What’s more, operators like Palace Sports generate revenue from parking and concessions, meaning there’s more money on the table to lure musical acts. For venues that lack control of surrounding parking revenue or that don’t take in as much at concession stands because they might have to share the overall till with a publicly owned arena, offering more affordable ticket prices and packages can be a challenge.
So this summer, DTE’s shows include top-price headliners such as Jimmy Buffett, the Dave Matthews Band, Bon Jovi, and the Police, as well as country favorites such as Martina McBride and Trace Adkins, rock staples such as Motley Crüe and a “Mayhem Festival,” nostalgic favorites such as Peter Frampton and Rod Stewart, and a variety of other acts such as the Gipsy Kings and Anita Baker. DTE’s packed schedule is supplemented by about 40 shows a year at Meadow Brook, the boutique venue on the campus of Oakland University with a capacity of about 7,700, and by big indoor concerts at the Palace itself.
A number of second-tier venues in southeast Michigan have placed themselves in solid niches around the Palace properties. Freedom Hill, in Sterling Heights, for example, specializes in reasonably priced acts who are mainly echoes of yesteryear. This season’s schedule includes Al Green, and Huey Lewis & the News. A few miles away in Clinton Township, the Macomb Center for the Performing Arts, on the campus of Macomb Community College, stages a variety of live concerts and theatrical productions year-round.
In Detroit, the Fox and Fisher theaters, along with the Masonic Temple, specialize in Broadway and off-Broadway productions, family shows, and the occasional concert. Sesame Street Live’s run at the Fox each year is among the five top-grossing engagements in the United States, says Olympia’s Warg.
And there’s a whole lot of ticket packaging going on, especially at the low end of the price scale. An increasingly favored tactic by both LiveNation and the Palace properties has been to create “four-packs” of lawn seats that provide an overall discount of about 25 percent, including parking. “The No. 1 reason people go to concerts is to see the act,” says LiveNation’s Clark. “But the No. 2 reason is to hang out with friends and family. Four-packs make it easier to do that.”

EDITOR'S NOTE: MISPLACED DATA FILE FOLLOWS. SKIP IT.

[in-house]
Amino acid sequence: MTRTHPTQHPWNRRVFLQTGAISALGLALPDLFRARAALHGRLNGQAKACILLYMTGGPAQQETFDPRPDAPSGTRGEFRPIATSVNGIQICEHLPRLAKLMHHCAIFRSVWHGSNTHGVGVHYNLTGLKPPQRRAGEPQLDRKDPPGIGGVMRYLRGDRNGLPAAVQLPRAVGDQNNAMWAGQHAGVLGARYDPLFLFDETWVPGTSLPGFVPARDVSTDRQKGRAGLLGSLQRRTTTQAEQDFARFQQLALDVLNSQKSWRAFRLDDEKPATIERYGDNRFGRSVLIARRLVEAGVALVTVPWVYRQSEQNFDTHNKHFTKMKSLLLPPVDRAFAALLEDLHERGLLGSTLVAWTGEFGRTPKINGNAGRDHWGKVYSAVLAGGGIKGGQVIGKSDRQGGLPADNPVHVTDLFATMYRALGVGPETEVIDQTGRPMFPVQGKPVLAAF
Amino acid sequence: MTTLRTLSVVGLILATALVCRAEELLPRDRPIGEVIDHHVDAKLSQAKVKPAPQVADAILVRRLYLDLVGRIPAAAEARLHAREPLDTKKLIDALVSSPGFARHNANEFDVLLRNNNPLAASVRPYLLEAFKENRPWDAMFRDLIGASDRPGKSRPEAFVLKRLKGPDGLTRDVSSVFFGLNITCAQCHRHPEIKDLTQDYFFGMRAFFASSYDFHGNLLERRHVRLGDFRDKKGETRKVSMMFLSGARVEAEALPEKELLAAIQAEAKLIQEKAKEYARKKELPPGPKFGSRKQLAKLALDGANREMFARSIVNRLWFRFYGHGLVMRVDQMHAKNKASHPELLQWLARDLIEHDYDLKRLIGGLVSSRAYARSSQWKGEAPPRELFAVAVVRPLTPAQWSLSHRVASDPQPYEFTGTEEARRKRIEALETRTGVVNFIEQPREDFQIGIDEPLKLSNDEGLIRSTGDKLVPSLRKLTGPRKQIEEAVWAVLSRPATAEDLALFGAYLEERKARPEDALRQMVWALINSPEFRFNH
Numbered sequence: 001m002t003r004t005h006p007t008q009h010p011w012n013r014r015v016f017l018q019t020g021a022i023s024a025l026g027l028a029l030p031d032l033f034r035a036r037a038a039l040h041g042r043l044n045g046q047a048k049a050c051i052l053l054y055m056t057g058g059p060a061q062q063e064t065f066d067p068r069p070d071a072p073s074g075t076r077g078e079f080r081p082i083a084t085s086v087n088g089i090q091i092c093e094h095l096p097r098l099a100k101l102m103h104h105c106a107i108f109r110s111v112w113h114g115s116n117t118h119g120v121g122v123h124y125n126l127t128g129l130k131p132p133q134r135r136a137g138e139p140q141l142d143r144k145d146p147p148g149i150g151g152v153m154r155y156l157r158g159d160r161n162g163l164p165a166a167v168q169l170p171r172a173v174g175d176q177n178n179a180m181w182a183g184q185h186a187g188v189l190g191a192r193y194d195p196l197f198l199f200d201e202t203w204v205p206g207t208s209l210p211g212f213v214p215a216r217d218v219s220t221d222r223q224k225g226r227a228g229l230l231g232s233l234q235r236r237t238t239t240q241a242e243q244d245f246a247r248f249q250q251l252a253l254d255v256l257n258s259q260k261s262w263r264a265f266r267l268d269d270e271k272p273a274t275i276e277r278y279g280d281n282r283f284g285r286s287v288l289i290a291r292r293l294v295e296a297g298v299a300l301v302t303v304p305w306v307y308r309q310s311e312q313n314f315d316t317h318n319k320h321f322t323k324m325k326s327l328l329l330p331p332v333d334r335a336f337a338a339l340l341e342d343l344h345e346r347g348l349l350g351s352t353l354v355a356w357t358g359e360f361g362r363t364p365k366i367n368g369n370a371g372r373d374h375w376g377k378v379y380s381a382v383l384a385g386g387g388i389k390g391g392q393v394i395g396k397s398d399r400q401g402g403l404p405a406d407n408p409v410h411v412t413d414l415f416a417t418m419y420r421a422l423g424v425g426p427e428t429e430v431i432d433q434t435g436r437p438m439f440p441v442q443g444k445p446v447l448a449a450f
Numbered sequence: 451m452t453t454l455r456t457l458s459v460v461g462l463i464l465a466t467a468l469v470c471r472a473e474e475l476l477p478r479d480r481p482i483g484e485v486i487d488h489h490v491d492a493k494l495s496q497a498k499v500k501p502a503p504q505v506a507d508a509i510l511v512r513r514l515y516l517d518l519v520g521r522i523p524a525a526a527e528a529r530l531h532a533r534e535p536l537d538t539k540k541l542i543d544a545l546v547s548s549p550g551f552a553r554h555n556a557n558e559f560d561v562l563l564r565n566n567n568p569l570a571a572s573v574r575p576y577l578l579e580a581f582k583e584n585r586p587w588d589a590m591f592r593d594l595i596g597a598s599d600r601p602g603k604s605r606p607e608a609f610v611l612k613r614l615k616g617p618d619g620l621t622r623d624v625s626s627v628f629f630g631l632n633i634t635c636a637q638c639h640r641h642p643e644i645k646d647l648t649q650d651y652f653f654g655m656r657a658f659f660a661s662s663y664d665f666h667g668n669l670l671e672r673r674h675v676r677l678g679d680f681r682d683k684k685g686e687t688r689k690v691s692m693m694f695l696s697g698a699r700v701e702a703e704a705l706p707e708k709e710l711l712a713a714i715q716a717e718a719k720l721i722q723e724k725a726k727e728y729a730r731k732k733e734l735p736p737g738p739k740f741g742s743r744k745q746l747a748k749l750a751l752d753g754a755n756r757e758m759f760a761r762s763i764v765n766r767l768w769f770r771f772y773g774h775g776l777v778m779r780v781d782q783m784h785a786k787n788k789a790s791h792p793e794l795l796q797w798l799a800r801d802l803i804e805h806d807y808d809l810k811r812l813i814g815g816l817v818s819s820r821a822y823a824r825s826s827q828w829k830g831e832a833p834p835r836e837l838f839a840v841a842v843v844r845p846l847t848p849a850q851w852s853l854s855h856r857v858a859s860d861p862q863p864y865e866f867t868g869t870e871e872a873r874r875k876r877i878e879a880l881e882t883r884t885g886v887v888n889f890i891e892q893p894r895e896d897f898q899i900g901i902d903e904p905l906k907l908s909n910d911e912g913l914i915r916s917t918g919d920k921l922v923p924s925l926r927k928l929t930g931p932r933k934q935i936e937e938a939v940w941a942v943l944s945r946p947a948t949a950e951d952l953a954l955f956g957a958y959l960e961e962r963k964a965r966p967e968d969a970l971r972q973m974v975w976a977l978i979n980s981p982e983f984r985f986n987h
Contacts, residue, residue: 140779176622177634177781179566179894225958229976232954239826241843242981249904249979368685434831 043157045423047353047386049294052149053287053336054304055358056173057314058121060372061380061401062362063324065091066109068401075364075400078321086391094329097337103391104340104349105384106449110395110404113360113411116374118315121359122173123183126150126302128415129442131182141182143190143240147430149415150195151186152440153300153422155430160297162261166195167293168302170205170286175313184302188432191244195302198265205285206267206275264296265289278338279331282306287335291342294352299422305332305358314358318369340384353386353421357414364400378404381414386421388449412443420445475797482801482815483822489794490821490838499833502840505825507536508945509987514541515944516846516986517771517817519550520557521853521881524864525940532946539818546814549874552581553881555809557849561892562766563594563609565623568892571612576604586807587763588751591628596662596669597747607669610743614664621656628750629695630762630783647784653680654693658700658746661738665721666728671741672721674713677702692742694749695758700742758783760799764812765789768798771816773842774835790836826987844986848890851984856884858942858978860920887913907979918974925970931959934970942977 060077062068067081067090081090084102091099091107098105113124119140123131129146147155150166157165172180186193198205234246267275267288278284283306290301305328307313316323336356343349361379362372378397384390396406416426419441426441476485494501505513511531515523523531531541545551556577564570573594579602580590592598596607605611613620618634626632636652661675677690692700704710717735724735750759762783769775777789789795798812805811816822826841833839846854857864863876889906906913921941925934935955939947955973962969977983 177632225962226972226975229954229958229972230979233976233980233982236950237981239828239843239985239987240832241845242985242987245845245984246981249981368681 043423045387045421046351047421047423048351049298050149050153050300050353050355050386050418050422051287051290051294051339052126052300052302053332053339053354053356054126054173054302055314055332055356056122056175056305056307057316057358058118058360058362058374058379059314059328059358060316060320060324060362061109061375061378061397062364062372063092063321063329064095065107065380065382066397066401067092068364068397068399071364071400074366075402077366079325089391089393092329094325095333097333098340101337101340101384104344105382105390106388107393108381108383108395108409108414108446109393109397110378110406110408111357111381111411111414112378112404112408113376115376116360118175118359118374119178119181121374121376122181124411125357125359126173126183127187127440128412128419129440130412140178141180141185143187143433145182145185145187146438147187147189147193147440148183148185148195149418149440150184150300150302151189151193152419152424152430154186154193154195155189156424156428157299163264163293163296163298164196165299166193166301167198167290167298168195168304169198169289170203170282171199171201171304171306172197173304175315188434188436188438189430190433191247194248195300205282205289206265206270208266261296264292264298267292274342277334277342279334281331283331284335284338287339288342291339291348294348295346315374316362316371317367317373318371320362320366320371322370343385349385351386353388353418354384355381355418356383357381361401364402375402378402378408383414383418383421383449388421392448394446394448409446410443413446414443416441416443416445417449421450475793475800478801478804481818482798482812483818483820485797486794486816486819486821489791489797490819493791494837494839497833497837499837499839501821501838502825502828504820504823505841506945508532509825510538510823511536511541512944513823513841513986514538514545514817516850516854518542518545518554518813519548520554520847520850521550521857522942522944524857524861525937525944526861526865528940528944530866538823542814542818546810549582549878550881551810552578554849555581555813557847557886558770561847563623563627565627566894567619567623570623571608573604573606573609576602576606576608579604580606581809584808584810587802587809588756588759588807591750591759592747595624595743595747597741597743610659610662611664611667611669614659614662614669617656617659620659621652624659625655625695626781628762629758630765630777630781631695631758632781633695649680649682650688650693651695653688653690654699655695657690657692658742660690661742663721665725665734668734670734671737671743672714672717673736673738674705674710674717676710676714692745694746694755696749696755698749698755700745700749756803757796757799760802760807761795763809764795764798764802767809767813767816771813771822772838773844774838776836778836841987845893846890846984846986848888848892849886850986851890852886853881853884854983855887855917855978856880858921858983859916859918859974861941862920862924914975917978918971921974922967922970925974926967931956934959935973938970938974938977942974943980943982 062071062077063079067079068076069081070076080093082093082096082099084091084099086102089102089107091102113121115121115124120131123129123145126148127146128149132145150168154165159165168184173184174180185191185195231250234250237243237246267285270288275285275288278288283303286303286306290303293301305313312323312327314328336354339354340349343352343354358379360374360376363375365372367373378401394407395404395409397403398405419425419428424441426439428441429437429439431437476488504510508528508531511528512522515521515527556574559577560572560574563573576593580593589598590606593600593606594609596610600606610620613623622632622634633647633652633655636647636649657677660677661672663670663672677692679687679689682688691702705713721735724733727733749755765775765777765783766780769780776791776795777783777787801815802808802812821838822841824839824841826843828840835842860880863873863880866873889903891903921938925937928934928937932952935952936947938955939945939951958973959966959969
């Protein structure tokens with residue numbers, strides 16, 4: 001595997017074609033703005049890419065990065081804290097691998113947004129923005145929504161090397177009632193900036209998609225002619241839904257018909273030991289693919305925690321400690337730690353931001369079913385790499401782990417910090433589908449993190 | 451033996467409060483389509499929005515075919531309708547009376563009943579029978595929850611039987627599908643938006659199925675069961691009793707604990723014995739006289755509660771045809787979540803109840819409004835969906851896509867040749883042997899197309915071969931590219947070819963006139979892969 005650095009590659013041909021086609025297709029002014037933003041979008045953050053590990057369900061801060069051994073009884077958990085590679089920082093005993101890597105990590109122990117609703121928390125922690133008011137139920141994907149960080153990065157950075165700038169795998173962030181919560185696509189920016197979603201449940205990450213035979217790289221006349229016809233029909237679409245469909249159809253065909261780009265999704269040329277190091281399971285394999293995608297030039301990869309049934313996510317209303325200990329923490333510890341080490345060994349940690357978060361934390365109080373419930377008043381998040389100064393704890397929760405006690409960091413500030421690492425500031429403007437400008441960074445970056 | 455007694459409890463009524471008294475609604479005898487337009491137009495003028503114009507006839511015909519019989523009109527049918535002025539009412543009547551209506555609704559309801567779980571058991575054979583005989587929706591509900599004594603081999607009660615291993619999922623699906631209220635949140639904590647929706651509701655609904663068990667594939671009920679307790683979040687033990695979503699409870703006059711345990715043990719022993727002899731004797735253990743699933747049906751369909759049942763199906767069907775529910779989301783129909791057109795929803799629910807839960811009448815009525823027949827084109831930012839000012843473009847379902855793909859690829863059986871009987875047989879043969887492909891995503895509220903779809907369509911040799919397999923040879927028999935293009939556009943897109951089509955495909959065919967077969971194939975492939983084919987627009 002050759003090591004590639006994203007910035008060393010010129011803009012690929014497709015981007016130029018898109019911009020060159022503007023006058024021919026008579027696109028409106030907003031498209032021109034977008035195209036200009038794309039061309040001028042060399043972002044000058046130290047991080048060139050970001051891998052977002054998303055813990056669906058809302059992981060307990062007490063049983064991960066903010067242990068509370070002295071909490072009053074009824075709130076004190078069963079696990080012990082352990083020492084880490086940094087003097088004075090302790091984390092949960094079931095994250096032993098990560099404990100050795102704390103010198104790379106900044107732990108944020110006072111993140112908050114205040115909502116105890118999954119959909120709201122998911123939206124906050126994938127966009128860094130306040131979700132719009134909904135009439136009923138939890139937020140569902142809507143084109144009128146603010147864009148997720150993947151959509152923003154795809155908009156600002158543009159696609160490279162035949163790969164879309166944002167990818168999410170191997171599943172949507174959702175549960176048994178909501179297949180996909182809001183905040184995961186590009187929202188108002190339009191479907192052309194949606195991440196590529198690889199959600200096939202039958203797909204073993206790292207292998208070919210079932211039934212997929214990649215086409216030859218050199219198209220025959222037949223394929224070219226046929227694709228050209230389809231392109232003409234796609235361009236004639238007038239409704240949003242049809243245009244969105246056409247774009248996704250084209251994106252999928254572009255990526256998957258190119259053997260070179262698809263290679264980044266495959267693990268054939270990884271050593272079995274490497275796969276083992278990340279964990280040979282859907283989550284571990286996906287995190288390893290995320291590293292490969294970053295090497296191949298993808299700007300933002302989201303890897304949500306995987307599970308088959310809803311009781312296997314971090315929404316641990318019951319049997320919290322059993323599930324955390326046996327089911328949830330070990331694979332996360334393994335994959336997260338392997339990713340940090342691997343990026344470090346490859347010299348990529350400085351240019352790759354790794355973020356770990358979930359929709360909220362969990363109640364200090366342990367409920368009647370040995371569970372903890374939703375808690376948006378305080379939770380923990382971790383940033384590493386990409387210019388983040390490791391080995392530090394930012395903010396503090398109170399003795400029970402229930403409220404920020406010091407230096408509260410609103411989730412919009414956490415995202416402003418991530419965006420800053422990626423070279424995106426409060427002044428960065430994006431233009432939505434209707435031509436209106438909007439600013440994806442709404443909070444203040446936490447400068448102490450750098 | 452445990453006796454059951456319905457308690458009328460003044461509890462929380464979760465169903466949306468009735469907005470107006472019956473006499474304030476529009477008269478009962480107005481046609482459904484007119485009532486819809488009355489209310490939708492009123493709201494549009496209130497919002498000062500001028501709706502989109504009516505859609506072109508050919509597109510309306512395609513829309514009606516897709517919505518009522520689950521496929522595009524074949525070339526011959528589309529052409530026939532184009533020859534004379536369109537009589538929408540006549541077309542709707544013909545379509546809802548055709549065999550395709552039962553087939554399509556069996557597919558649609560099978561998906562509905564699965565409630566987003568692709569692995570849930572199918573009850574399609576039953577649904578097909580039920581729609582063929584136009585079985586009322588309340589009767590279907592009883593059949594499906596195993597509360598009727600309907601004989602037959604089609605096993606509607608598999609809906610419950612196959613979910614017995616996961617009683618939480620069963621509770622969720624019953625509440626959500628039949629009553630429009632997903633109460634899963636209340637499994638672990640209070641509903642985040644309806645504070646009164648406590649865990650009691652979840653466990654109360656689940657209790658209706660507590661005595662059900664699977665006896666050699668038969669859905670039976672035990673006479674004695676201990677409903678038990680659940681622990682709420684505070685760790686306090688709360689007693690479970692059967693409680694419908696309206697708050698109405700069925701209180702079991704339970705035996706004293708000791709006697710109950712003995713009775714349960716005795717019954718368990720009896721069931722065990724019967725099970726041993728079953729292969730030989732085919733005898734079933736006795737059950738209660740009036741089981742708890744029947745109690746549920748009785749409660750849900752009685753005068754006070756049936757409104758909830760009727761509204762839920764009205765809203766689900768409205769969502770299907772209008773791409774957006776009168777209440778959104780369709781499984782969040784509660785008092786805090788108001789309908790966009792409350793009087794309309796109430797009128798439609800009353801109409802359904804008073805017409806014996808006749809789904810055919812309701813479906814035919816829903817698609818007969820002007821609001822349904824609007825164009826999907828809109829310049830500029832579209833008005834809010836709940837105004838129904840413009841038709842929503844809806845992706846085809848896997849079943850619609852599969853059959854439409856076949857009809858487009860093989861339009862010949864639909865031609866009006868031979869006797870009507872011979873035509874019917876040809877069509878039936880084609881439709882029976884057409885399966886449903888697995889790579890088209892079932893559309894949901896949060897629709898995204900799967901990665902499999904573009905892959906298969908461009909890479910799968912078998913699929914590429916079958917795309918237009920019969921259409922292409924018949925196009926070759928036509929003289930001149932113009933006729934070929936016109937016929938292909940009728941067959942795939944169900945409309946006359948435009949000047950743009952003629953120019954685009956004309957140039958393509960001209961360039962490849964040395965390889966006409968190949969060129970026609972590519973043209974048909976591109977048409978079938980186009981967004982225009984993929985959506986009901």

As he has the last couple of years, Wilson will make an early-summer stock-taking of sales trends for each of the Palace’s shows, figure out what artists haven’t proved as popular as expected, and go back to the promoters proposing a deal. Warg also spent part of the spring meeting with artists’ agents and promoters, trying to increase their receptiveness to more affordable pricing.
“Sometimes artists aren’t as big as they think they are, and they’re stunned when we have a few thousand lawn seats left for their show — even though it may be happening all over the country,” Wilson says. “So we may propose cutting the price to $10, or even take something off pavilion seats. Then we have a big blitz and let our market know that these, say, 30 shows are on sale at drastically reduced prices. It gets some people off the schneid. And suddenly you do an extra $1 million in business in a couple of days.”
Such exercises underscore one more powerful undercurrent working in the favor of Detroit-area venues and concertgoers, as well as those across the rest of the country: As royalties from recorded music continue to erode thanks to digital file-sharing of songs, the artists, more than ever, need fans who are willing to drive out to see them play.
As a result, more artists and their representatives are open to the idea of stringing together two or three performances over consecutive days, which venue managers say their customers like. And, for example, LiveNation client Robert Plant, the lead singer of Led Zeppelin, was planning to give away a CD to each fan who attended his recent performance at the Fox with Alison Krauss.
“The [artists] used to tour only because the record companies wanted to sponsor them,” Clark says. “Now, it’s just the opposite: Their bread and butter is now coming from live entertainment.”
And if they want their bread buttered thick, music artists know they can come to Detroit.